Marino Golinelli is 97, and plans a future, which goes until 2065. This shows the project and visionary capability, of the Modena entrepreneur from the class of 1920, a pharmaceutical industry leader with his Alfa Sigma company. In 1988 he created the Fondazione Golinelli, to which he has already donated 85 million Euro of his personal resources. His latest dream is to “build a society capable of adopting a unified vision of its origins, which is unafraid of an unpredictable future. To use the social awareness and responsibility that each person has by helping young people grow and be free to express themselves, and live while building a harmonious society.”
This is the goal of Opus 2065, a multi-year programme that Golinelli will finance through a Foundation Trust. The programme will put in place the various actions already launched in the fields of education, training, culture, research, innovation and business. There are three primary objectives: the development of new highly innovative forms of training for young people and teachers; a research centre for future knowledge; and a fund to support new entrepreneurial activities.. A residential PhD School in Data Science, a High School for Master Degrees and a Teacher Training Lab will be established in Bologna to identify new approaches and training methods.
This was announced last 11 October, at the inauguration in Bologna of the Golinelli Science and Art Centre, which is an additional 700 square metre and 3 million Euro investment for a place dedicated to young people where they can imagine their future. The new Centre stands in front of Opificio Golinelli, which was established in 2015 with the aim of being a citadel for knowledge and culture. Thanks to a 12 million Euro investment 9,000 square metres have been redeveloped and already hosted 200,000 young people. Fonderie Sabiem (Sabiem Foundries), which until 2008 occupied those three hectares in the western outskirts of Bologna, between Via Emilia, the Rhine and the railway, is just a memory. Antonio Danieli is the Fondazione Marino Golinelli General Manager. With him, we try to enter into this enormous vision and inspiration.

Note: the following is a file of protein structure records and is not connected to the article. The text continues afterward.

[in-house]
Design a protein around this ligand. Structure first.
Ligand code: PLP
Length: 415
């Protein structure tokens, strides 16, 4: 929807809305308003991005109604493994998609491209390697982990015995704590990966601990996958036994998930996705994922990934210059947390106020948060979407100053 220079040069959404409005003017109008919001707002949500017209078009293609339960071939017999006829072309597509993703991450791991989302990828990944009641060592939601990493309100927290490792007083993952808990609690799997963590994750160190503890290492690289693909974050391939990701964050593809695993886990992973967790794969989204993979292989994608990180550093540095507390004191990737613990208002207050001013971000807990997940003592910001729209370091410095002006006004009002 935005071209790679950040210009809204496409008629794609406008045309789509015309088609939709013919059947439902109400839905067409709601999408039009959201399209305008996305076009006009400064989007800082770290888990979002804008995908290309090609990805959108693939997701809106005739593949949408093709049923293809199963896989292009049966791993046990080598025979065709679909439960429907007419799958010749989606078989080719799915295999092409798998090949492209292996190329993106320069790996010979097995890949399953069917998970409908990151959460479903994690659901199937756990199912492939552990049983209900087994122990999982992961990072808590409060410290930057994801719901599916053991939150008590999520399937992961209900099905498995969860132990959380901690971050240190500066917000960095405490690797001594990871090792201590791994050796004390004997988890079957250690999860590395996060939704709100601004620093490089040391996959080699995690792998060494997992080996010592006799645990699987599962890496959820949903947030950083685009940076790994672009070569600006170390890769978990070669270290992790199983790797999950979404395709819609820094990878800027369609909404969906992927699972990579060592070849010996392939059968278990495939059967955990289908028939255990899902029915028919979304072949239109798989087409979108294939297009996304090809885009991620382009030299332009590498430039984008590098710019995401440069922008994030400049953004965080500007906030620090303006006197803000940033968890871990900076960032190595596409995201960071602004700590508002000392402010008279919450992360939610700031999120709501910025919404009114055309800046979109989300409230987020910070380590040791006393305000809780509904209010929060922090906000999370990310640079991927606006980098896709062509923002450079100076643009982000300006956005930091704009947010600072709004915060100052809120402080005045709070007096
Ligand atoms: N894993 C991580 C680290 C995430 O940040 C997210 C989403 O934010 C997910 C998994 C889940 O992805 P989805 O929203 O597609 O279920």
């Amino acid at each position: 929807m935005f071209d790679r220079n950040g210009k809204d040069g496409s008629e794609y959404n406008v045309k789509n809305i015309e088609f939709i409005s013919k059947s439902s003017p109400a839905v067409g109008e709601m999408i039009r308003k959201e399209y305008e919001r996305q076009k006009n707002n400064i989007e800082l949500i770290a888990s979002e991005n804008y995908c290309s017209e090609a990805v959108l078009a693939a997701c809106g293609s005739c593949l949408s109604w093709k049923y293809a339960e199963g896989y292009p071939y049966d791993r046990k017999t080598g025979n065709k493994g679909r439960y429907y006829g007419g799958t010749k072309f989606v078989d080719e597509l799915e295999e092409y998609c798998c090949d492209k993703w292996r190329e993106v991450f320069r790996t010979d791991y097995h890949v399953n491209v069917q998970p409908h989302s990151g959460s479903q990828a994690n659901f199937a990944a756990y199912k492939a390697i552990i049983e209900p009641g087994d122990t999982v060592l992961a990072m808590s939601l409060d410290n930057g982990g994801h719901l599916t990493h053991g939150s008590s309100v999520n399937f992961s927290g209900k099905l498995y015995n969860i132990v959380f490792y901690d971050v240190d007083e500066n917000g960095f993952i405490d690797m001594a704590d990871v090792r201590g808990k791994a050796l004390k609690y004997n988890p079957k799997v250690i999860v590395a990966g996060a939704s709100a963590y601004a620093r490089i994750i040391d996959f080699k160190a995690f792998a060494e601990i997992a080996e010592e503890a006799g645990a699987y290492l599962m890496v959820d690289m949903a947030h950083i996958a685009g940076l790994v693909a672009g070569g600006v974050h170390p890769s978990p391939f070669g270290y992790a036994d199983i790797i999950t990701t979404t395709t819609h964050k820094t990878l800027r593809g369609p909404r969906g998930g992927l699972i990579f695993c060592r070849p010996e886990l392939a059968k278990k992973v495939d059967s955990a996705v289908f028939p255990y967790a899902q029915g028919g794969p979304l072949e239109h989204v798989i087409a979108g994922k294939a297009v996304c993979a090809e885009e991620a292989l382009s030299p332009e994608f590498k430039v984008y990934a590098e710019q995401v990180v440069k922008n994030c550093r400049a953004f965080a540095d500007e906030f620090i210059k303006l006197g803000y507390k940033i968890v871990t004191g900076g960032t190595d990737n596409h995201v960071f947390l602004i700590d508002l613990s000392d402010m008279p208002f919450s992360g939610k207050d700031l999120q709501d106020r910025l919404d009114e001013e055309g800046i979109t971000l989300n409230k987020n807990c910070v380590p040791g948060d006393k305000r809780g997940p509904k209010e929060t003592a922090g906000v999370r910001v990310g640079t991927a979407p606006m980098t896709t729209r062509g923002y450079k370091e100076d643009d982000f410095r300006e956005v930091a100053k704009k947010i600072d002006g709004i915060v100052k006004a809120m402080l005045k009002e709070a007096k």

The first activity of the new Centre will be an exhibition with a title that says it all: “Be ready for the future without knowing what it will be.” Is this the Foundation's plan too?
The exhibition focuses on the stimuli we adults need to give young people. We know that we have an increasingly more interconnected, unpredictable, multicultural global world. It is not about making young people able to foresee the future but to work on what enables them to enjoy themselves in this world and to take advantage of the today’s enormous possibilities. To do this, you need to give them a new toolbox and the right amount of self-confidence to make them aware that they can handle unpredictability. Young people have the potential to create their future, but we have the responsibility to give them the tools to do so. We need to start with self-confidence. There is some exciting research on entrepreneurship, which shows that young people have Corporate Social Responsibility in their DNA and the added value social component. If they combine that passion with the available technological tools and the will to make a positive change, as a global value, the future will be radiant. We have a tremendous educational responsibility to show young people that these things can be combined.